Thursday, June 7, 2012

Painting the Beast: 'forever YOUNG' mural fired up!

Mock-up shows the scale of the finished mural-to-be.
Applying the first few strokes of rich orange glaze.
After an intense week of construction, I was in a position to get started on what I love best: mural-painting. As usual, I have primed the strata a warm golden-flesh tone to begin. I work in the old European technique of laying down perhaps 12-15 transparent to translucent layers in a full-spectrum tonal study before applying the 'native' colors. My first step is to differentiate between light and dark by applying a warm orange glaze to 'everything dark or shaded'.

I don't mess around once I start painting. There's a LOOONG way to go!

Feeling good to be underway after all the prep work. Delayed gratification ain't all it's made out to be.
Starting off at the upper left-hand corner.

There will ultimately be dozens of passes on the rolling scaffold as the transparent glazes are systematically laid in. I will be applying 'global' glazes, meaning ALL of each glaze will be completed before moving on to the next color. So yeah, the sky will remain orange for quite some time! This is not a process that can be rushed.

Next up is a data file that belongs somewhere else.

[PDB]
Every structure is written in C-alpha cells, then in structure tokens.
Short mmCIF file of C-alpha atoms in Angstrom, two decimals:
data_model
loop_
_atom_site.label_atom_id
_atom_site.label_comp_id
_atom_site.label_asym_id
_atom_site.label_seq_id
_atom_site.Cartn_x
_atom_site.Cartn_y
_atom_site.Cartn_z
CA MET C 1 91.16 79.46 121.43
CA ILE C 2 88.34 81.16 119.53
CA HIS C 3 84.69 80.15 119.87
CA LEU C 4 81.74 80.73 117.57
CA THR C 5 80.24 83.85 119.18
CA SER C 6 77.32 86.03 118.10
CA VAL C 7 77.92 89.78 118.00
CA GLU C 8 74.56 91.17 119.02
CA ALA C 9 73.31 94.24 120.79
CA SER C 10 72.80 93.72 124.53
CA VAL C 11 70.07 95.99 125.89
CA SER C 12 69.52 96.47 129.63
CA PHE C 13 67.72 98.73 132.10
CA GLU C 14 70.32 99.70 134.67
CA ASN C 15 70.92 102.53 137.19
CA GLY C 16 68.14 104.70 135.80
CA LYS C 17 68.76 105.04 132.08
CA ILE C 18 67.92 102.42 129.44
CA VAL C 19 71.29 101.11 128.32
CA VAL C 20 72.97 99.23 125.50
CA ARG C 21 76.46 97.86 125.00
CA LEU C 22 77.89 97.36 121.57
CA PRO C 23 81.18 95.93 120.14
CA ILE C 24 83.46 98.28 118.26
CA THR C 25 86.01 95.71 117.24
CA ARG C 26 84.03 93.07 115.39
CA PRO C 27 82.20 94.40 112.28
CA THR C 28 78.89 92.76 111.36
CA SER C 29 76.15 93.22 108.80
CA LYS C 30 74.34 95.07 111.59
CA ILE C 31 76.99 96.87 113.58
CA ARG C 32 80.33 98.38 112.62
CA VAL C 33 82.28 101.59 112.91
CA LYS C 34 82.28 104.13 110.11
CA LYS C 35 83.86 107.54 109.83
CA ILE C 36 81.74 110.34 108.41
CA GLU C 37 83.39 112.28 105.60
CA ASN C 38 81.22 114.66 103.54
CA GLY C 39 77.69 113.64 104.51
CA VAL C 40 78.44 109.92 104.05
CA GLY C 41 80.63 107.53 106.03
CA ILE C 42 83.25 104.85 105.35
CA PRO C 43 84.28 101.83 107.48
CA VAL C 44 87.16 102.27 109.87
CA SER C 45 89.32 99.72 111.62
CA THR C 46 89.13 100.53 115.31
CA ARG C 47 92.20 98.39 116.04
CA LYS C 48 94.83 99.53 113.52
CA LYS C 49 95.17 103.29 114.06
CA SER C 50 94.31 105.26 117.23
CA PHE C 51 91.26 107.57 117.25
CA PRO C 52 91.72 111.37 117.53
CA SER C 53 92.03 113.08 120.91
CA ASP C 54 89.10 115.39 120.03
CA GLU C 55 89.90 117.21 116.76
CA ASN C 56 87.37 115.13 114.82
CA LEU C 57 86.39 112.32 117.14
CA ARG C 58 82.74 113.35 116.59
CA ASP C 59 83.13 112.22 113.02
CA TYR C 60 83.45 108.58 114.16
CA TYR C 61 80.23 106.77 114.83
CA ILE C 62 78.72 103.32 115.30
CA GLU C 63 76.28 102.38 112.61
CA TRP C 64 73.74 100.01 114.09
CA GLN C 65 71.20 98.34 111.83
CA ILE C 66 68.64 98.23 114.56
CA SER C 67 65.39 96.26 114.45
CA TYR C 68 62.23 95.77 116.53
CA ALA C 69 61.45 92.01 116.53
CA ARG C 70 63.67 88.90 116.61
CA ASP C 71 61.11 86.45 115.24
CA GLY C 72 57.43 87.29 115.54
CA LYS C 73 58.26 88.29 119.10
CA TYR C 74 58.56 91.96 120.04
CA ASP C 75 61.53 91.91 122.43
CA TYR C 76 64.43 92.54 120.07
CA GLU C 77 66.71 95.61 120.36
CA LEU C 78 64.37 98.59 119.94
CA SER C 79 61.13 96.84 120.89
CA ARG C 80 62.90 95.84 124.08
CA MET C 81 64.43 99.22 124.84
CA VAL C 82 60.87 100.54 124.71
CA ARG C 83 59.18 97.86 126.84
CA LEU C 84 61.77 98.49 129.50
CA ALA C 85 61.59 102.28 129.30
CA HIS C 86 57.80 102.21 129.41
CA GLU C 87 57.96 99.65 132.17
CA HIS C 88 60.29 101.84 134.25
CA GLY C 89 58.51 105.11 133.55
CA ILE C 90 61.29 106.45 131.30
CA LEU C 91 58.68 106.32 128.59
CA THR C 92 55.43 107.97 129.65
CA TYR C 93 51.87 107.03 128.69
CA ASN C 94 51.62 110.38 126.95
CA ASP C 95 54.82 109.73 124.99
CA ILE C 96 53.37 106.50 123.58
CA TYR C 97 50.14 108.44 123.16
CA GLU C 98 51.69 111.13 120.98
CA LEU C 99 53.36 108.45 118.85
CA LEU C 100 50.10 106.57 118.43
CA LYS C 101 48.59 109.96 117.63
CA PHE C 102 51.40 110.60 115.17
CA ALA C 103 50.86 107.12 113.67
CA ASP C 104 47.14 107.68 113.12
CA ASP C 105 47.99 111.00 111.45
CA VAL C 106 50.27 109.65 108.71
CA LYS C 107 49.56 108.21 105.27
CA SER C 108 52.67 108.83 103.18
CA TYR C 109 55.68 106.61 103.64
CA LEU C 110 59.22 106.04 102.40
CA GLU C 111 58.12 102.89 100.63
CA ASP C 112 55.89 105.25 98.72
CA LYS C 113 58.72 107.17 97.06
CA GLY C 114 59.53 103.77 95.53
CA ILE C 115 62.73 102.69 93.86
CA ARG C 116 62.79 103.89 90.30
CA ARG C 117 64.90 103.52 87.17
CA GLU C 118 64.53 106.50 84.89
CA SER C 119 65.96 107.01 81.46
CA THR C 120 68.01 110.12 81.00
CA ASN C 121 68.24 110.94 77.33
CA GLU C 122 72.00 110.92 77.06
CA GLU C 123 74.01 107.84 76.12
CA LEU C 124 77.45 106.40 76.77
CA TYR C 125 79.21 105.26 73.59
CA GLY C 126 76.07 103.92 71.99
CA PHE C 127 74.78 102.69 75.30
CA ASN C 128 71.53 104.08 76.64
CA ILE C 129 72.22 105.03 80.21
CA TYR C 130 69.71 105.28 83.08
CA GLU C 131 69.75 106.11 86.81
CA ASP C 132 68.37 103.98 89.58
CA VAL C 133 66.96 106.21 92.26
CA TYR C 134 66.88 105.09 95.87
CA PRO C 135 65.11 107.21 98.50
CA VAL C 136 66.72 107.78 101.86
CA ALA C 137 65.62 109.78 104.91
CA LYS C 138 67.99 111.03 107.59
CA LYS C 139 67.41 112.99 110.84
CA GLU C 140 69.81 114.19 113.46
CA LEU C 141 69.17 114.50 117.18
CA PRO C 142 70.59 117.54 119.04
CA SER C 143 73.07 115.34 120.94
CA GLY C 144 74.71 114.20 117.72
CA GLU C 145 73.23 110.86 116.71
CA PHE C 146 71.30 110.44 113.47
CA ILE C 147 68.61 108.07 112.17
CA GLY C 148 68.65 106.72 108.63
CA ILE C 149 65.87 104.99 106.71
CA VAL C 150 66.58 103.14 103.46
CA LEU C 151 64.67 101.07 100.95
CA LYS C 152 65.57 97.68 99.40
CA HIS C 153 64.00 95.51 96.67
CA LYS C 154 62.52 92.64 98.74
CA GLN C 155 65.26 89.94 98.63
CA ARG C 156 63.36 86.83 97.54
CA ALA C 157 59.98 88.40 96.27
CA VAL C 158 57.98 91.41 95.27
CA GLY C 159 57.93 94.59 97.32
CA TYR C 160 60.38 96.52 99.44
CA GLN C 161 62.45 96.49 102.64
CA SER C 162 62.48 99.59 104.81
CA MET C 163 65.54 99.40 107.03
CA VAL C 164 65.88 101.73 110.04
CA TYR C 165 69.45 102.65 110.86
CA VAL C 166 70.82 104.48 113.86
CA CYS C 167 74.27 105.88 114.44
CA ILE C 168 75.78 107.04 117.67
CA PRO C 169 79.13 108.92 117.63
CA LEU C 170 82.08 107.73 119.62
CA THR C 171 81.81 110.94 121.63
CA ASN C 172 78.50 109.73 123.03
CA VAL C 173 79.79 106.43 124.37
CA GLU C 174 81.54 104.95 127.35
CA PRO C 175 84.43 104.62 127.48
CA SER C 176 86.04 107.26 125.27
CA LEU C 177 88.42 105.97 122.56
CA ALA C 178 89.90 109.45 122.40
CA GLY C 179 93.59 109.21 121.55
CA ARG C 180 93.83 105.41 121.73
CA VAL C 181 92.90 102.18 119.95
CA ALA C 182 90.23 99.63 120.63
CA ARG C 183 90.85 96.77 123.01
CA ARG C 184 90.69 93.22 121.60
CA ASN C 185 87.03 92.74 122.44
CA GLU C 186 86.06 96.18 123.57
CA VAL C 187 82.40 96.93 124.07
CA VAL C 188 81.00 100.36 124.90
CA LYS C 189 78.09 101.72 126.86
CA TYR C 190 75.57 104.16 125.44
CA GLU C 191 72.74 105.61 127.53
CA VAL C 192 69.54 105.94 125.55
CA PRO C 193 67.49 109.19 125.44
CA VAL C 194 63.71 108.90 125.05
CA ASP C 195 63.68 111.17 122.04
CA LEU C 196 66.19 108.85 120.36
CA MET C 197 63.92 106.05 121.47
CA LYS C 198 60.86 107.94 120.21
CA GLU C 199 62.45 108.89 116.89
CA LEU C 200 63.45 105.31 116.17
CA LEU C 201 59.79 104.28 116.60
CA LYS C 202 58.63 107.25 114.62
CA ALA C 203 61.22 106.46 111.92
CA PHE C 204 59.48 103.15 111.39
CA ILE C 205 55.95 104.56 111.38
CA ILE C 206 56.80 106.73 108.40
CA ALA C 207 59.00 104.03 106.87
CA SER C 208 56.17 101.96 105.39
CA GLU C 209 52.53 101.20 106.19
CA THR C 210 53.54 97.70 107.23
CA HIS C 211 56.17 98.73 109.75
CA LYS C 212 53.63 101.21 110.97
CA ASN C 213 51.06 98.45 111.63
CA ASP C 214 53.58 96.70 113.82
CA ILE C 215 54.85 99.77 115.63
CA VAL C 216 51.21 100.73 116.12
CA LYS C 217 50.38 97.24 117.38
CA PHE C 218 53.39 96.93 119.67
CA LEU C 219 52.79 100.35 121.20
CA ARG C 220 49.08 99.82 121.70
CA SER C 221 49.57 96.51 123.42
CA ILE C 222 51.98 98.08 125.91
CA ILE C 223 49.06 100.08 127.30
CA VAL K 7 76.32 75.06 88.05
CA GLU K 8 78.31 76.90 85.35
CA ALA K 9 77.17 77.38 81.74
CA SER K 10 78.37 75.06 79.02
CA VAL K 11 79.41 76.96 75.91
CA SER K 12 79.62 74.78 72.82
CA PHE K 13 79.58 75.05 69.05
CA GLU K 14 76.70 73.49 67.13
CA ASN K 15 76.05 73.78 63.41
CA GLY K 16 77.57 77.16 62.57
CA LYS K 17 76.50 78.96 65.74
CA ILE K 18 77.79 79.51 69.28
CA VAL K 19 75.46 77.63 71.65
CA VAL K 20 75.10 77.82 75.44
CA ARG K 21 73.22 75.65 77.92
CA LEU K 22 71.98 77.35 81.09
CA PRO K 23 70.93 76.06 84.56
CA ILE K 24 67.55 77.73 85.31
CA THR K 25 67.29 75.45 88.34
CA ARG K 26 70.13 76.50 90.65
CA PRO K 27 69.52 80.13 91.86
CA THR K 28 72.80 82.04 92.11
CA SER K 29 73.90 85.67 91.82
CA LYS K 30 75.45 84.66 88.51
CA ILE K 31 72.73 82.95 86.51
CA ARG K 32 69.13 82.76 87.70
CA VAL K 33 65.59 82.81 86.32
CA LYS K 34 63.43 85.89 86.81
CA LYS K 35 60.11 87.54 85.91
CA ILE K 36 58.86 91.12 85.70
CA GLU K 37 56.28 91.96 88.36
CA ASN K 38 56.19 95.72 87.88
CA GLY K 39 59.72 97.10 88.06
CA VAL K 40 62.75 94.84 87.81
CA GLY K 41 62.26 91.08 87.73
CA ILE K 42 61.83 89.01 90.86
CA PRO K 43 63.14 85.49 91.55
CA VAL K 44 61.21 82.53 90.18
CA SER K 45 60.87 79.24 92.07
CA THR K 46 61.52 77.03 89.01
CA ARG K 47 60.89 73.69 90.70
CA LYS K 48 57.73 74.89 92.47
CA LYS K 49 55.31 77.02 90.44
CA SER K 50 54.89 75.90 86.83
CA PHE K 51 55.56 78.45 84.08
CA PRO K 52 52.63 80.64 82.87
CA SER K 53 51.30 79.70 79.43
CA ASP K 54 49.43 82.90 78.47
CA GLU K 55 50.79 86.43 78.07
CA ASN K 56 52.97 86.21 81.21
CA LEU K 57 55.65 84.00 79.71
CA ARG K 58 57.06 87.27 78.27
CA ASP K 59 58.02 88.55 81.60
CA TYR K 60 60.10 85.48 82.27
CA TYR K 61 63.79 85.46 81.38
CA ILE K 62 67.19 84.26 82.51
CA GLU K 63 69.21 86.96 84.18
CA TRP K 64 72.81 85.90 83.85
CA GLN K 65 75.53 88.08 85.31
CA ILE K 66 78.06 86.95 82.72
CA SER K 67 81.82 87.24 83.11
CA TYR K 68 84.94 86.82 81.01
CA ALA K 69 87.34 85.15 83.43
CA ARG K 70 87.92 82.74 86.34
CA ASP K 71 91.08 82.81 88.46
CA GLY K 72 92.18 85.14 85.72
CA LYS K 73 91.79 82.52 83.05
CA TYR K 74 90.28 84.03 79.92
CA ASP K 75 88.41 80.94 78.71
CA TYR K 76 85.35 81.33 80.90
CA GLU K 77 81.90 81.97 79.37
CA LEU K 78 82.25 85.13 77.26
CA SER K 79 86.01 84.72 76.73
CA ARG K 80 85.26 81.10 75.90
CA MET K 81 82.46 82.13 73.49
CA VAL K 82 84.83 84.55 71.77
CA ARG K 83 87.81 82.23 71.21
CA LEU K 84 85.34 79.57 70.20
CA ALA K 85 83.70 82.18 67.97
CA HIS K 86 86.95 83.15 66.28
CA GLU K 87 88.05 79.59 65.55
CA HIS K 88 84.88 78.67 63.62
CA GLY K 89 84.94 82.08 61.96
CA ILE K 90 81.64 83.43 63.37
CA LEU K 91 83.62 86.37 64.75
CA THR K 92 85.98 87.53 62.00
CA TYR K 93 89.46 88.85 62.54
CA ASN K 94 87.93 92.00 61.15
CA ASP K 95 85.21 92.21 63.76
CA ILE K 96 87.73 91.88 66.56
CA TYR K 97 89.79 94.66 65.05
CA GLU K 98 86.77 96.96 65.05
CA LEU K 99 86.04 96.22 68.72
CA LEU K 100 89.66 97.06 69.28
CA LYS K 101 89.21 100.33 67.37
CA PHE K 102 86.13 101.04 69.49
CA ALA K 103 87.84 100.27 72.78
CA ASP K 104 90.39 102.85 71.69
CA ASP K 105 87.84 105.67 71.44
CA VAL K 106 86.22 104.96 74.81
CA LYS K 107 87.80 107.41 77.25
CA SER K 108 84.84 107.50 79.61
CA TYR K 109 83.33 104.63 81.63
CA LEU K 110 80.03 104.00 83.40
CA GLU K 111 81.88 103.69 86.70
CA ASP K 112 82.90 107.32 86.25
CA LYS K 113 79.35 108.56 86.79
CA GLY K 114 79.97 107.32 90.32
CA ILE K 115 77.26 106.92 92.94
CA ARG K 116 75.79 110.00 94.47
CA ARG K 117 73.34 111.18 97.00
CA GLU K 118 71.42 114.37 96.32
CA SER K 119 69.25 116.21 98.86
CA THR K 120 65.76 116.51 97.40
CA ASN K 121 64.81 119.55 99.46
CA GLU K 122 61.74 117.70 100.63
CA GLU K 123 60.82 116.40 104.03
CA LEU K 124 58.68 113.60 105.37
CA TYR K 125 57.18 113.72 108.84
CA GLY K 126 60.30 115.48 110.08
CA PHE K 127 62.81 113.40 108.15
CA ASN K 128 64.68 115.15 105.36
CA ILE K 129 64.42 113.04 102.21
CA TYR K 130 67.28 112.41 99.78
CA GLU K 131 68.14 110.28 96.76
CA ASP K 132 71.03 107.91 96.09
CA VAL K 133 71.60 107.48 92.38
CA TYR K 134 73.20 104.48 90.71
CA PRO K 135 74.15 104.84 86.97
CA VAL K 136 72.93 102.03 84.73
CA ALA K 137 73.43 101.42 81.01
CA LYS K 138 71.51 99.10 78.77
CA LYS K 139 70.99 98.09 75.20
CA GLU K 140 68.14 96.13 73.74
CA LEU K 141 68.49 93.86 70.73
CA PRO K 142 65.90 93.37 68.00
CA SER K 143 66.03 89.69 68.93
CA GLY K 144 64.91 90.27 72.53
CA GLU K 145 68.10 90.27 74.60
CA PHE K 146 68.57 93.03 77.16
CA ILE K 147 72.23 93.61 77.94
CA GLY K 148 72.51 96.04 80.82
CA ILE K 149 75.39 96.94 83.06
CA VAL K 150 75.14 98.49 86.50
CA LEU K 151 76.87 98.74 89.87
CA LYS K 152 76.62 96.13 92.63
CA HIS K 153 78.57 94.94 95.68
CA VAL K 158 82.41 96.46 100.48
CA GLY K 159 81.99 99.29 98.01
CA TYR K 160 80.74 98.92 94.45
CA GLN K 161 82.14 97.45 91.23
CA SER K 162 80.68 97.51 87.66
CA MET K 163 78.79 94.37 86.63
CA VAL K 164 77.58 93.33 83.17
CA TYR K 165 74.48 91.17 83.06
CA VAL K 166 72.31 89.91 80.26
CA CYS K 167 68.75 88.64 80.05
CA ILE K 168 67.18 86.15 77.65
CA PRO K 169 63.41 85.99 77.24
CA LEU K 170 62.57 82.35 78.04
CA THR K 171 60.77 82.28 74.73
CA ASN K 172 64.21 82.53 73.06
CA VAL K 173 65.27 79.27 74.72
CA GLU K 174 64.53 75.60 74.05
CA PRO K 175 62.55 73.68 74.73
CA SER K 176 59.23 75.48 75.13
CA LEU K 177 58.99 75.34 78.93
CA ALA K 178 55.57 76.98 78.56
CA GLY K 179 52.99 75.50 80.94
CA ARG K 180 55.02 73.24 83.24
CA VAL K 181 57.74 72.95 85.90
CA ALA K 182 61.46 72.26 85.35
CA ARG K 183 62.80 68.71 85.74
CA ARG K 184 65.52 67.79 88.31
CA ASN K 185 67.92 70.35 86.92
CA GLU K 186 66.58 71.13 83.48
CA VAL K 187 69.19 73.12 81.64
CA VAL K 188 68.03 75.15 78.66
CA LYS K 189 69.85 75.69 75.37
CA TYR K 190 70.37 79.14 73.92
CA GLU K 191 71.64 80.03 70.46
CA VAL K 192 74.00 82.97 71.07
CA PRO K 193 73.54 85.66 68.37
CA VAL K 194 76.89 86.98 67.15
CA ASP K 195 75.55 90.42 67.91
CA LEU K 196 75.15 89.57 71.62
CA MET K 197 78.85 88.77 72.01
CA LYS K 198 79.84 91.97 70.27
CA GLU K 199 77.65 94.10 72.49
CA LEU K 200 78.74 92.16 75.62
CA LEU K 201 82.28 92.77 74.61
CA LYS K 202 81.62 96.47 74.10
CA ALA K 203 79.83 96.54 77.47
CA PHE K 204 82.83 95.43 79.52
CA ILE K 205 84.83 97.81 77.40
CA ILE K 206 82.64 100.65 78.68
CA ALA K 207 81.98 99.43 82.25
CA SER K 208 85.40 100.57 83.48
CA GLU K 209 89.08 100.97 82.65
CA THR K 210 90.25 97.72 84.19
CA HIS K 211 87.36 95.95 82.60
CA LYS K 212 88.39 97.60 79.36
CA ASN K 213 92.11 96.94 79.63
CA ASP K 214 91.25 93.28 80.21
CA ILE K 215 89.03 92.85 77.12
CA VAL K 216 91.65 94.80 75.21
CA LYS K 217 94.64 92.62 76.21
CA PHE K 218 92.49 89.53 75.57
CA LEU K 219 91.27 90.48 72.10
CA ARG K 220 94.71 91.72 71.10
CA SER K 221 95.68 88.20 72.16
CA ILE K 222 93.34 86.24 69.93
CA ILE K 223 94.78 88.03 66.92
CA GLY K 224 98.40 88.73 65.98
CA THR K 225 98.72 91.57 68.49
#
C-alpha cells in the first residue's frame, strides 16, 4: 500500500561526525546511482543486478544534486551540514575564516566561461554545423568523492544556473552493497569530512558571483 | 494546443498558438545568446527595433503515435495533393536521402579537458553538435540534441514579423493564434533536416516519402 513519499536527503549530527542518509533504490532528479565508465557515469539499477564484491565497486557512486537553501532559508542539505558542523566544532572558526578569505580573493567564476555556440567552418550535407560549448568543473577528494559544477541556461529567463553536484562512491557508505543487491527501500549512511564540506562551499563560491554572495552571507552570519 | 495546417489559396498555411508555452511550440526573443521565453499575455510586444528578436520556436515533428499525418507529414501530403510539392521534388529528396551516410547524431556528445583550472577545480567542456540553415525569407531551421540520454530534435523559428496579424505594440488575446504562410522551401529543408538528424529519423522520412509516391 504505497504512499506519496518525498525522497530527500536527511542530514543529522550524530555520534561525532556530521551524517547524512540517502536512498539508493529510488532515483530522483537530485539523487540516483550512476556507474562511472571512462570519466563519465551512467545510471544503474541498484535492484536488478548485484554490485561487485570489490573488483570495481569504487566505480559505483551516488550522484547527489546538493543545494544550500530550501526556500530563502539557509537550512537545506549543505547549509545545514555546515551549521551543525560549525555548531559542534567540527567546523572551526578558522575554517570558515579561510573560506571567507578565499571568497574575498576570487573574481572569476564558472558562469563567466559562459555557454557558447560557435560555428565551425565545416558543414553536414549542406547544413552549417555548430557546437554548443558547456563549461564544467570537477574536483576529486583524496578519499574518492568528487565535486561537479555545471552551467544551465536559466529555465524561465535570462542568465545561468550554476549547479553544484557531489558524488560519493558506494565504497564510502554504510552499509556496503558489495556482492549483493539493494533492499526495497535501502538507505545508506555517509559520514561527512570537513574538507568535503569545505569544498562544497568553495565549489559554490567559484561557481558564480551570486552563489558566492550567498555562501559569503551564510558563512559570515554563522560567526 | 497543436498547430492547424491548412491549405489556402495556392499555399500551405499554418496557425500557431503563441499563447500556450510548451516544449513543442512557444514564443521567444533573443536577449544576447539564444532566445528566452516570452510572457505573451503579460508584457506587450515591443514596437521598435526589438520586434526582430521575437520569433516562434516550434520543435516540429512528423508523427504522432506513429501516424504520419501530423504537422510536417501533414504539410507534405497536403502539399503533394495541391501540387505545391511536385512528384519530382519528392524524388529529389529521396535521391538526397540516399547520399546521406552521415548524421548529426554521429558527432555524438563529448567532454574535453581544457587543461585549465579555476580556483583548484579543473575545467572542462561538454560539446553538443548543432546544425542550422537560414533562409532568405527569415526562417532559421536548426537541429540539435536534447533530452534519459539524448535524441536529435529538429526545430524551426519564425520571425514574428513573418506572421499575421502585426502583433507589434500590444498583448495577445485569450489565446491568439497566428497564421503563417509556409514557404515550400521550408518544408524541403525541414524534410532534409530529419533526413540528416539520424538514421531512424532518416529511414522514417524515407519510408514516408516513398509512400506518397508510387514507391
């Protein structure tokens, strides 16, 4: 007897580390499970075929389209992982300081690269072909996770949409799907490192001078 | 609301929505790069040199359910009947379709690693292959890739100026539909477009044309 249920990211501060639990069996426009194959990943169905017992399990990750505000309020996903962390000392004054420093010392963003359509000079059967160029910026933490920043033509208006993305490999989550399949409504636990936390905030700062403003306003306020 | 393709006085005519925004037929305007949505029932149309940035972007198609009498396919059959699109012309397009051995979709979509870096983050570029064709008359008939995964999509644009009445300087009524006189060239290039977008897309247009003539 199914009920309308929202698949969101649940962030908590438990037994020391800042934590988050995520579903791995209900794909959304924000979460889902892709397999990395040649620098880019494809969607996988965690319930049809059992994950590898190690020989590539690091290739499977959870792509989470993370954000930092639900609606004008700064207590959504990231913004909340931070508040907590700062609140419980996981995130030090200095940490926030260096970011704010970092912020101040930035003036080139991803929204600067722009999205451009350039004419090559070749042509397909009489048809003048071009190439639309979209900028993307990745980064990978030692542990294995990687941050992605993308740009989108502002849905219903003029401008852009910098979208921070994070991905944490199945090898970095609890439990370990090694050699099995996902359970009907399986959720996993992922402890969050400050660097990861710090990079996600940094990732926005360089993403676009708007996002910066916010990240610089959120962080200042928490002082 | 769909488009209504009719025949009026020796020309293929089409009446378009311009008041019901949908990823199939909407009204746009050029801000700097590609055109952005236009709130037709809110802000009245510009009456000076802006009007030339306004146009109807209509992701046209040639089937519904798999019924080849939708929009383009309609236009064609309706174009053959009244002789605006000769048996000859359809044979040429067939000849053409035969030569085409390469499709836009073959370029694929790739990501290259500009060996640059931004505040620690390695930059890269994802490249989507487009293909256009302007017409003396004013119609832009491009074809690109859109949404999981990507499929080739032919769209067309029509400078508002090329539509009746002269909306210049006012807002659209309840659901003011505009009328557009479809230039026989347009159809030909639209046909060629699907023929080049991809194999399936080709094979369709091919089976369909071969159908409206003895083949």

When I paint a mural on this scale, I like to stay organized, working methodically from the upper left-hand corner and across the expanse of the wall to the right.

When working on a mural of this scale, I have to stay organized with a long-term plan of attack. There is not a whole lot of random painting that goes on, especially when laying in the foundation of the piece. This may surprise you (or not) but I apply precisely the same methodology to a piece on this scale as I would with an easel painting. I won't go into detail here, you will see as the days and weeks go by how it systematically evolves.

Day 1 of painting yields a good result.

Before I move on to the second glaze, all of the rich orange will be applied to begin the laborious process of separating light from dark. 

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